• Vol. 39 No. 2, 129–135
  • 15 February 2010

Complementary and Alternative Medicine among Singapore Cancer Patients



Introduction: This study evaluates determinants, expectations, association with quality of life (QOL) and doctor’s awareness of Complementary and Alternative Medicine (CAM) use in Singapore cancer patients.

Materials and Methods: We interviewed 316 patients visiting the Cancer Centre of the National University Hospital on behaviour, attitudes and expectations towards CAM and assessed QOL via Euroqol Questionnaire (EQ-5D). Medical information was obtained from oncologists.

Results: One hundred and seventy-three patients (55%) re ported CAM use after cancer diagnosis. Chinese ethnicity, tertiary education, age <65 years and previous CAM use were independent predictors of CAM use. Fifty-one per cent of CAM users informed their doctors about their use and 15% of doctors reported to be aware of CAM use in these patients. Thirty-seven per cent believed CAM to be equally or more effective than conventional cancer therapies and 78% expected at least basic knowledge about CAM from their oncologists. Twenty-five per cent of patients reported concurrent use of oral CAM and chemotherapy, of which oncologists were unaware in 86% of cases. CAM users had higher EuroQol utility scores than non-CAM users (0.79 versus 0.73, respectively, P = 0.03), in particularly those aged ≥65 years and those with stage IV disease.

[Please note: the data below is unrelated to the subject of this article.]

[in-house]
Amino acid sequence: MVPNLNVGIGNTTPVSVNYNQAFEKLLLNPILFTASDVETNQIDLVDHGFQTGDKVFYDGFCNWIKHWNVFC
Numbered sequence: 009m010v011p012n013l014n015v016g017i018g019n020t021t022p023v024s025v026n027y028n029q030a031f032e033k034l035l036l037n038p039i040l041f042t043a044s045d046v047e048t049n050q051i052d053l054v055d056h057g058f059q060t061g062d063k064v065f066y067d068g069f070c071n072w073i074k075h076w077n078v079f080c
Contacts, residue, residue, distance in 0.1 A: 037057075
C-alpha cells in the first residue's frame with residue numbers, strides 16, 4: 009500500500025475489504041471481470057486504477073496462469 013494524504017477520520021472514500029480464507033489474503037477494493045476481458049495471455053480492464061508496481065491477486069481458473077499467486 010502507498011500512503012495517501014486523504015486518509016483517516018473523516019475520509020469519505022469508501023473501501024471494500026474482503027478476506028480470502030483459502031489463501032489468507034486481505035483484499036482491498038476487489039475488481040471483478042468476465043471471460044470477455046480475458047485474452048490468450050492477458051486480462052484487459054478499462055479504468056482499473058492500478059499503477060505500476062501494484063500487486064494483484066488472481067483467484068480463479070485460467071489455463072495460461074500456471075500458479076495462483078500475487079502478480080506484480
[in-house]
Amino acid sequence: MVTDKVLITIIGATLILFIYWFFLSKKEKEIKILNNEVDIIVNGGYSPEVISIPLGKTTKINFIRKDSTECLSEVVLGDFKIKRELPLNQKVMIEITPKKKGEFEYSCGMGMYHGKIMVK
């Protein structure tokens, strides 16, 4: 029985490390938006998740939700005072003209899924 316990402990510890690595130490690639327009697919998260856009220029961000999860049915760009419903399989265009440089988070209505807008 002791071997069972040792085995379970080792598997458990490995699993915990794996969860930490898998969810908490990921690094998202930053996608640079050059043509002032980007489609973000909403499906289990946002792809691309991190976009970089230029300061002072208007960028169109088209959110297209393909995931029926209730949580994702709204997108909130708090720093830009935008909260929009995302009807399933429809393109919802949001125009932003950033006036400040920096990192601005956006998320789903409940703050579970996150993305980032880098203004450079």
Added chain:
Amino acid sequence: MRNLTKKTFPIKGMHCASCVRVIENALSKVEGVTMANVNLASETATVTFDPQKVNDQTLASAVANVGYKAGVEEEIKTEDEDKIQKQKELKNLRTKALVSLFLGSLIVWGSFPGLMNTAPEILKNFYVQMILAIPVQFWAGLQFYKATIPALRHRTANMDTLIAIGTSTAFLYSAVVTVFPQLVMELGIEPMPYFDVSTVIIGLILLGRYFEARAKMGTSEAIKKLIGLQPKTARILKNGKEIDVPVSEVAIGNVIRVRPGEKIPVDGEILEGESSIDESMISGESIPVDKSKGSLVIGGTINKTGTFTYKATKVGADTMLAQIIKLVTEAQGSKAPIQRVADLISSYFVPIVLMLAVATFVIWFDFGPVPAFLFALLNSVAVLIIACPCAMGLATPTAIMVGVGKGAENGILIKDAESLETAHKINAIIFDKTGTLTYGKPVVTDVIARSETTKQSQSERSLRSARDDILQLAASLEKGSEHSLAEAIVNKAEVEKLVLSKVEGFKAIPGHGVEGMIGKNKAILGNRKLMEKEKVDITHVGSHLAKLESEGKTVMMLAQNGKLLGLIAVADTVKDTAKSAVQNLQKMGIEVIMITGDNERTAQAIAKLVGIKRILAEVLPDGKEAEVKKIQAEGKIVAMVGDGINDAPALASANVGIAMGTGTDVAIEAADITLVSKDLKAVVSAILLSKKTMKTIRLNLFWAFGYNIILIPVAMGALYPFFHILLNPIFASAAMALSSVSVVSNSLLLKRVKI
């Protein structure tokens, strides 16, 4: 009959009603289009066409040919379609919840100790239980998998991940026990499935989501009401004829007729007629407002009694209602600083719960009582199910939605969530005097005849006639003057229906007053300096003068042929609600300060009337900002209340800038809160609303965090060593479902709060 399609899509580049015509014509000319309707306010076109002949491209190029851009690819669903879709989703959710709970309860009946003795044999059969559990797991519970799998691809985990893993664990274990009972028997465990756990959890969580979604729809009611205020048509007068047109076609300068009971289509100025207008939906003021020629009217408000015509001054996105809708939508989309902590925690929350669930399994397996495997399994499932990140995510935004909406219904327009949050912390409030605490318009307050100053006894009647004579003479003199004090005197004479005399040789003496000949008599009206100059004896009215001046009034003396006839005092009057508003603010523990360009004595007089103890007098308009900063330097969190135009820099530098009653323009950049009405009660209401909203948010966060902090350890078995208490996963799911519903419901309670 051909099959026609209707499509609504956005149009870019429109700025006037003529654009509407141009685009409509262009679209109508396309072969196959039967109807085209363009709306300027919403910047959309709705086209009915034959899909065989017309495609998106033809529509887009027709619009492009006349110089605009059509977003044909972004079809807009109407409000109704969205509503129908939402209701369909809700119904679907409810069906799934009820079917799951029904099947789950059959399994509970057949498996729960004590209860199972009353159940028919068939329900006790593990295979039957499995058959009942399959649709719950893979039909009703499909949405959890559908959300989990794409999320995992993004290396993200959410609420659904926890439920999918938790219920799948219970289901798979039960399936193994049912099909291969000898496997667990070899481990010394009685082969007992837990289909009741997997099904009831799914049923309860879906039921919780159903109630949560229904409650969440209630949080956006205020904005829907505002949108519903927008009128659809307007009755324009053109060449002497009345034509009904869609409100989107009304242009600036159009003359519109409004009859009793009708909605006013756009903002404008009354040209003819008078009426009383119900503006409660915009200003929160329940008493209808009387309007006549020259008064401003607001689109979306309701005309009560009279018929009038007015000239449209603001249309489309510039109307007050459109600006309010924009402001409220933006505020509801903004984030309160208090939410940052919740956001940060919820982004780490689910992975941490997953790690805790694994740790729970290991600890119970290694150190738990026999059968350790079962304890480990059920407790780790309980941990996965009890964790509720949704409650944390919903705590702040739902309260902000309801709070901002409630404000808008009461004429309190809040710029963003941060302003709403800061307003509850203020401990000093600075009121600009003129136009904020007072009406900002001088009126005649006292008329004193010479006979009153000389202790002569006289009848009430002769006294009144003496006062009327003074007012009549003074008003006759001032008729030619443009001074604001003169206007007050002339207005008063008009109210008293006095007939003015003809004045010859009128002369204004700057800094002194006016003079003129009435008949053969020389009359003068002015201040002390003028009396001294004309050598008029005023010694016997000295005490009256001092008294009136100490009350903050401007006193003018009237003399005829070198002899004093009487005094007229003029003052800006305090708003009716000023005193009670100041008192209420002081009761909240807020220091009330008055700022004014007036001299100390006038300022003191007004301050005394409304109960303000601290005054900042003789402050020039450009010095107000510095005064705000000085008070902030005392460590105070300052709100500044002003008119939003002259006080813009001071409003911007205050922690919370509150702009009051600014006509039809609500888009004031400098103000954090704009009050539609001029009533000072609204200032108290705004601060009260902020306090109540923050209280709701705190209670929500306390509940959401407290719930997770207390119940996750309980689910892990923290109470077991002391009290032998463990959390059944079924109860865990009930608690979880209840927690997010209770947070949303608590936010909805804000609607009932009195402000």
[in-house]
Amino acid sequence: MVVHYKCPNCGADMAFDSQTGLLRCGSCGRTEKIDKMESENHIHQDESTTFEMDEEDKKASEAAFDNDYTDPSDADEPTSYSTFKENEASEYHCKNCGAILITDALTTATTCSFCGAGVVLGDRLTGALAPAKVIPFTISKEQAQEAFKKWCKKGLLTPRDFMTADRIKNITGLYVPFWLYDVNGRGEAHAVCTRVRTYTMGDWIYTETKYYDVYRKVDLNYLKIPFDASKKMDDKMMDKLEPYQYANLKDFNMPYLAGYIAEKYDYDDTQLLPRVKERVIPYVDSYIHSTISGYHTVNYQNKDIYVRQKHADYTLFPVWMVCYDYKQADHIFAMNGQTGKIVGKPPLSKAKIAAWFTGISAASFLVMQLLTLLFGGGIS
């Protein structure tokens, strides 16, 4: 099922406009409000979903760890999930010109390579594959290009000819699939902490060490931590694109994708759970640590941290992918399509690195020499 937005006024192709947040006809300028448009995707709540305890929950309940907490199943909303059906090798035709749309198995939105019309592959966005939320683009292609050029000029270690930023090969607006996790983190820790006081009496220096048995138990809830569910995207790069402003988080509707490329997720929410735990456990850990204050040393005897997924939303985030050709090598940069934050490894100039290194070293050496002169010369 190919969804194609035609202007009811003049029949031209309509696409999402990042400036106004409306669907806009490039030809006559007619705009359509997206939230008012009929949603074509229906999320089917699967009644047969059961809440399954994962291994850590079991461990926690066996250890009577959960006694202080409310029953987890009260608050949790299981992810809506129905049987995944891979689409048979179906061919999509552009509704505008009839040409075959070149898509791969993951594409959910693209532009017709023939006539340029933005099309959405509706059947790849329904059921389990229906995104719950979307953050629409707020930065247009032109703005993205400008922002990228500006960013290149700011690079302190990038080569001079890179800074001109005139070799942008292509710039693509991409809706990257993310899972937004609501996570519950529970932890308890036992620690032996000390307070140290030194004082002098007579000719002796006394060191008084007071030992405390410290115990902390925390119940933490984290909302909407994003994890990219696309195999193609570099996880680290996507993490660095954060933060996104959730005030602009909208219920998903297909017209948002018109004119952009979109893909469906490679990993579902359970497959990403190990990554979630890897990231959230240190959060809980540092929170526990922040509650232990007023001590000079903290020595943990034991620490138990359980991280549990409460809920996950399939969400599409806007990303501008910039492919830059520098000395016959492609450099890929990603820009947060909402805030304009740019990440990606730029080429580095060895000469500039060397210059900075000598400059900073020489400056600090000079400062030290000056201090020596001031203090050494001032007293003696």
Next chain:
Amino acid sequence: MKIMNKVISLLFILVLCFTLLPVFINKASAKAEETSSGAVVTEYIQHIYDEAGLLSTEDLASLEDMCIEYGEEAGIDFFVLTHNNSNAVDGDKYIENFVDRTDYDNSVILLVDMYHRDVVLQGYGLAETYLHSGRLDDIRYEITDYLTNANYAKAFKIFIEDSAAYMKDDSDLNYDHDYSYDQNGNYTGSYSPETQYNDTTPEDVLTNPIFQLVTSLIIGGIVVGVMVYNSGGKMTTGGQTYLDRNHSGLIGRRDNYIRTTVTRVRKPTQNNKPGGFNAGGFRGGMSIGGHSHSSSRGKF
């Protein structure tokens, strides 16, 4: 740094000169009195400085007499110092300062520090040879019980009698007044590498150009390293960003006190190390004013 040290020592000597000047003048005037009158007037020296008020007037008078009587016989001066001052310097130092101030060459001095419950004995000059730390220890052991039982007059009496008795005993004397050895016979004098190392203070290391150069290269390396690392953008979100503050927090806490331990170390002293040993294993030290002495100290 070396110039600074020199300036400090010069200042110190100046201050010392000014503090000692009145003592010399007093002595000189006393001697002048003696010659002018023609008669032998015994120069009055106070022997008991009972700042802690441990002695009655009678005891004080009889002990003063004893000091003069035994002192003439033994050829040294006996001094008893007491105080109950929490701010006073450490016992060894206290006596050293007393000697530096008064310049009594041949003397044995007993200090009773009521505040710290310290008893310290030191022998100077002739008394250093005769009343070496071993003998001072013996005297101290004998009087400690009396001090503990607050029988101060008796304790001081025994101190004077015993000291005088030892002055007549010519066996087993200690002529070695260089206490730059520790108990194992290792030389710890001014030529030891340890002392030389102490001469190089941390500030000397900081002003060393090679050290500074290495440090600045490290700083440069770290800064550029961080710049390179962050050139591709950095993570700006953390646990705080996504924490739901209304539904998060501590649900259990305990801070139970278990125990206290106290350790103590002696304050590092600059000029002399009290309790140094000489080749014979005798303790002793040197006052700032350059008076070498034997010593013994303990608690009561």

Conclusion: Singapore cancer patients show high prevalence of CAM use, high expectations regarding its effectiveness and doctors’ knowledge on CAM and many use it concurrently with chemotherapy or radiotherapy. Since oncologists are generally unaware of CAM use in their patients, doctor-patient communication on CAM use needs to be improved. The association of CAM use and higher QOL scores in some subgroups deserves further exploration.

Worldwide, the use of Complementary and Alternative Medicine (CAM) by cancer patients is highly prevalent. For cancer specialists, knowledge on CAM use in their patients is particularly important as there can be potentially hazardous drug interactions between some forms of oral CAM and chemotherapy or radiotherapy.

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